A mart has been ordered to pay €75,000 damages to a farmer who broke several ribs when he was attacked and gored by a bull in a holding pen.
The High Court found the operator of the mart in Edenderry, Co Offaly, was negligent in driving young bulls back into the pen after some had become blocked in a passageway on August 5th, 2017.
Cattle and dairy farmer Fergus Malone claimed the mart’s manager had asked him to steer the bulls out of the holding pen and into the chute, but they were redirected back to the pen following the logjam.
The married 53-year-old from Edenderry said this “spooked” one of the animals, which belonged to his brother, and it charged at him.
The farmer described being “gored” by the bull, which he claimed knelt on him and “destroyed” him, according to the judge.
Edenderry Livestock Mart Limited denied it was liable in any way and claimed Mr Malone was responsible for the incident.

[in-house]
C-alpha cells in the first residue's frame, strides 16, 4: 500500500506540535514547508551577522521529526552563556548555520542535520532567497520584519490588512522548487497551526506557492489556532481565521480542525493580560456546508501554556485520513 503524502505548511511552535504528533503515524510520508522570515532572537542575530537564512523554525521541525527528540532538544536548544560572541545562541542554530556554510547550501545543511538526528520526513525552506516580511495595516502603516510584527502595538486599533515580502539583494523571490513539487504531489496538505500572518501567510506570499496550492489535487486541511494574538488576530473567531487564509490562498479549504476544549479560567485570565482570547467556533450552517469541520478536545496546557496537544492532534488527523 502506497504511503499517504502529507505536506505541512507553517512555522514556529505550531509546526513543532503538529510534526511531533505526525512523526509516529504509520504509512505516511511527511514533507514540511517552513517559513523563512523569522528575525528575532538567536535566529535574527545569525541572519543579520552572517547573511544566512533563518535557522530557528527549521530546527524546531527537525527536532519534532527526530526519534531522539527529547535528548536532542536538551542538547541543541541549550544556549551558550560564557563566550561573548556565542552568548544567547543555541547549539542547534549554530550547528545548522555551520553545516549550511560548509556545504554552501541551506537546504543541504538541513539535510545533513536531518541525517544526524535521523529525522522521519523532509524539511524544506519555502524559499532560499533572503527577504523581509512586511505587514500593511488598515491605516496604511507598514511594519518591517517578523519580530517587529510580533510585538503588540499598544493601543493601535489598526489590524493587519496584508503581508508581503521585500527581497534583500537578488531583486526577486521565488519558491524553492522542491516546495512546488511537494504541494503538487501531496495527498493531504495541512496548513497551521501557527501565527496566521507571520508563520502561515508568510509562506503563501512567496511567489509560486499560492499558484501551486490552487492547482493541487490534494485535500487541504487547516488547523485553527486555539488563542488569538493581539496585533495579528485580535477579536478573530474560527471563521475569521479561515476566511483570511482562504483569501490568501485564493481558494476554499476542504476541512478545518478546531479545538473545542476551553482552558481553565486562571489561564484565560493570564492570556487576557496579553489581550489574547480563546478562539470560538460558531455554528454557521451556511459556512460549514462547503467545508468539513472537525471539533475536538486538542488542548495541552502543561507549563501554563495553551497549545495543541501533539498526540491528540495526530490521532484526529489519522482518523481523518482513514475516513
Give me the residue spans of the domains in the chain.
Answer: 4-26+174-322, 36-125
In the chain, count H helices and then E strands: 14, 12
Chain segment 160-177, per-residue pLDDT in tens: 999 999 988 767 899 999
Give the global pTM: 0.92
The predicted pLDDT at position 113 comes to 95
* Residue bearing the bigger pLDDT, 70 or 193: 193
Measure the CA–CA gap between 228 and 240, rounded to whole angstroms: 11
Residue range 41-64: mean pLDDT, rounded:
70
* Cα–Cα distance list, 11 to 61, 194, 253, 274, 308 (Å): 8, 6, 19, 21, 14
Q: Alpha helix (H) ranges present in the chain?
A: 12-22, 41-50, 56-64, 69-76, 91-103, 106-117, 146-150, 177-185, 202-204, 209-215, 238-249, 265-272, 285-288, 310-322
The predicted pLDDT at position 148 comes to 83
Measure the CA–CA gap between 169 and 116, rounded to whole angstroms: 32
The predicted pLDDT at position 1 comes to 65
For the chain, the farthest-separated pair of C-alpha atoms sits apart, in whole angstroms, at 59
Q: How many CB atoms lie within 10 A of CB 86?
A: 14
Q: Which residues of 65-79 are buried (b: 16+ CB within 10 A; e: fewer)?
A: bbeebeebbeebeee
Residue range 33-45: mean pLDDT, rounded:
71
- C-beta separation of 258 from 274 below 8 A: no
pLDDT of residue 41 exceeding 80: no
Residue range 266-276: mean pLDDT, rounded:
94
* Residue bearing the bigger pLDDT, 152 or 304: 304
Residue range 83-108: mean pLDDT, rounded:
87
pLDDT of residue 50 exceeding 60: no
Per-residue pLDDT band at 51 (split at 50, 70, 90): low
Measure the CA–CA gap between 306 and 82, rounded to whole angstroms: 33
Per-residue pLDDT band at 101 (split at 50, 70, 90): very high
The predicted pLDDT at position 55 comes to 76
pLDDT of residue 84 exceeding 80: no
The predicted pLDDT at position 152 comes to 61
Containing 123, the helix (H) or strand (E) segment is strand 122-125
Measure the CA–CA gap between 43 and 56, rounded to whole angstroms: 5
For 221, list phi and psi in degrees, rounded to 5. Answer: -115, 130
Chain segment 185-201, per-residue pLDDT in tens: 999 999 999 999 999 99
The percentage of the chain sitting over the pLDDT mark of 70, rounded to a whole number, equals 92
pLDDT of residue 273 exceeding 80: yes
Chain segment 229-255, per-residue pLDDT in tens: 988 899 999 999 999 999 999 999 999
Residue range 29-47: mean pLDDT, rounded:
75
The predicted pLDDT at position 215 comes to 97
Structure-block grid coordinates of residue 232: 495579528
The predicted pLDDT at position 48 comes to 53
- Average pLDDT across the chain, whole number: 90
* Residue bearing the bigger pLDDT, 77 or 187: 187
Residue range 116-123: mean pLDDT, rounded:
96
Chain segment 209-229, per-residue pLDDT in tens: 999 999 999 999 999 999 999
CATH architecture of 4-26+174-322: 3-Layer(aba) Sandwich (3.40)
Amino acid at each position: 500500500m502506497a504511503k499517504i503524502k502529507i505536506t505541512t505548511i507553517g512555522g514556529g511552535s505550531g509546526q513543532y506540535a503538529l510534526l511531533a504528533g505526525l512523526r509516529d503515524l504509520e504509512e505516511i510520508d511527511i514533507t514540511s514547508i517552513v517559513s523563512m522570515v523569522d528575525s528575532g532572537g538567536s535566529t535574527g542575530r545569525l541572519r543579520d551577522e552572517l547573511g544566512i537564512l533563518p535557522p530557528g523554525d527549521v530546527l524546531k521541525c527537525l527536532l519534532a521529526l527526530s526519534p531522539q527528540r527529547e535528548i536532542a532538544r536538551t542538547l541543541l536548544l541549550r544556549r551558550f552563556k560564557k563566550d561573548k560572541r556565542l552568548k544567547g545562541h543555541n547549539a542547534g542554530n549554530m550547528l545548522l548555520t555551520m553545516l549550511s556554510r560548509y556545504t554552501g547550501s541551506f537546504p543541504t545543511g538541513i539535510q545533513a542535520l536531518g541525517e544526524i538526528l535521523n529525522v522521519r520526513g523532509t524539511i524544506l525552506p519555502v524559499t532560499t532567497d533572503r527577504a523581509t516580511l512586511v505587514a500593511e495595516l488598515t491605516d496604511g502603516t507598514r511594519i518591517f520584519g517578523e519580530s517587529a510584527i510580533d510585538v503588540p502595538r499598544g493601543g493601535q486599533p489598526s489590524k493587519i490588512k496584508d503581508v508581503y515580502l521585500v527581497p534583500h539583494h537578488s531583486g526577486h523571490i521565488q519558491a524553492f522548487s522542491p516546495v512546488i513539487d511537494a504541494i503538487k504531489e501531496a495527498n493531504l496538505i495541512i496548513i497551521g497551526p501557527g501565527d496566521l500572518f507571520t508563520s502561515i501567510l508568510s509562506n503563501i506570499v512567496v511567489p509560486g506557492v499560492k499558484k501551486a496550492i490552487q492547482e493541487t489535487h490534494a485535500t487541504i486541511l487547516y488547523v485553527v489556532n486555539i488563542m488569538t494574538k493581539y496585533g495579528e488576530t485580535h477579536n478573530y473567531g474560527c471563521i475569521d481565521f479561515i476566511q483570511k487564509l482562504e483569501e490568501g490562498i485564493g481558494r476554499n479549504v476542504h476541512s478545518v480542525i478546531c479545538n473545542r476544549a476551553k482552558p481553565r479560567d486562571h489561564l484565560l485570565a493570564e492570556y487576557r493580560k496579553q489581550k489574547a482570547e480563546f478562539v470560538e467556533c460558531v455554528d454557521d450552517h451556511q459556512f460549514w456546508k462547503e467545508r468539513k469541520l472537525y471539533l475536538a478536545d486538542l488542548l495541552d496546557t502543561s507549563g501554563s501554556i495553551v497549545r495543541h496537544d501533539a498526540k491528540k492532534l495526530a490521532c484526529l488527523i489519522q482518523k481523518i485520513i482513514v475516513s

Mr Justice Cian Ferriter did not accept the mart operator’s claims that Mr Malone had provoked the bull by hitting it on the head with a stick. On the balance of probabilities, he said, the farmer used his stick against the bull only after it became agitated and had charged at him.
The experienced farmer was a credible witness, said the judge, who accepted he knew how to handle himself around young bulls and would not have hit him other than in self-defence.
The judge said the case was a lesson in the extent to which recollections of the same event can vary “quite radically”. He concluded Mr Malone’s account was the most accurate and reliable.
There was nothing the plaintiff could have done to avoid the charging bull once it had been driven back into the pen, the judge said.
Mr Malone was entitled to damages for his injuries, which included five broken ribs and severe soft tissue damage which prevent him from milking his cows properly and lifting heavy objects, said the judge.
The €75,000 award was designed to compensate for suffering to date, as well as ongoing PTSD symptoms and the limitations of his left shoulder that will likely “significantly” affect his farming ability for the foreseeable future, the judge said.
Mr Justice Ferriter noted the case predates the introduction in April 2021 of new personal injuries guidelines, which have reduced the average level of general damages awarded for personal injuries.
The award was arrived at through reference to the legal principles applicable prior to the new guidelines.